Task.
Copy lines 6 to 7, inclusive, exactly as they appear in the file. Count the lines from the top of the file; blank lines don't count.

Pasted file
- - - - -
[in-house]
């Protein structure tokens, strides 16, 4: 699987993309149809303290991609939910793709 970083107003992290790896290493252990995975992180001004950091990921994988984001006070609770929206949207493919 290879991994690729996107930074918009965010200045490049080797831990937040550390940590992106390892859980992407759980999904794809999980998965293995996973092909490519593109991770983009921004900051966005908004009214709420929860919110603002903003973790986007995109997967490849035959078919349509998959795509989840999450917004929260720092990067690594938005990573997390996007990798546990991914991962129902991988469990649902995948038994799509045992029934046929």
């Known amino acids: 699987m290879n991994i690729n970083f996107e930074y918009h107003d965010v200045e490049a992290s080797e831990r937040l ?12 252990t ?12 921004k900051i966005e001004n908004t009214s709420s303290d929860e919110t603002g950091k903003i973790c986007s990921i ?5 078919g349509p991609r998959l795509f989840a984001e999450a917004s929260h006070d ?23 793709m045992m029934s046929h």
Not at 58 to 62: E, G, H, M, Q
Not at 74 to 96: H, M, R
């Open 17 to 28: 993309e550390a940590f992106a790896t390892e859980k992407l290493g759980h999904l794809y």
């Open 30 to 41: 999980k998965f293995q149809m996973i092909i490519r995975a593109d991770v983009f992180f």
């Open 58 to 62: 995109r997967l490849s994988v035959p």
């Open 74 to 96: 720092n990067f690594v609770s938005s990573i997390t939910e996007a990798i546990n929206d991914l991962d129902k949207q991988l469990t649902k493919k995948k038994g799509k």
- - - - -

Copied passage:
């Open 17 to 28: 993309e550390a940590f992106a790896t390892e859980k992407l290493g759980h999904l794809y």
């Open 30 to 41: 999980k998965f293995q149809m996973i092909i490519r995975a593109d991770v983009f992180f």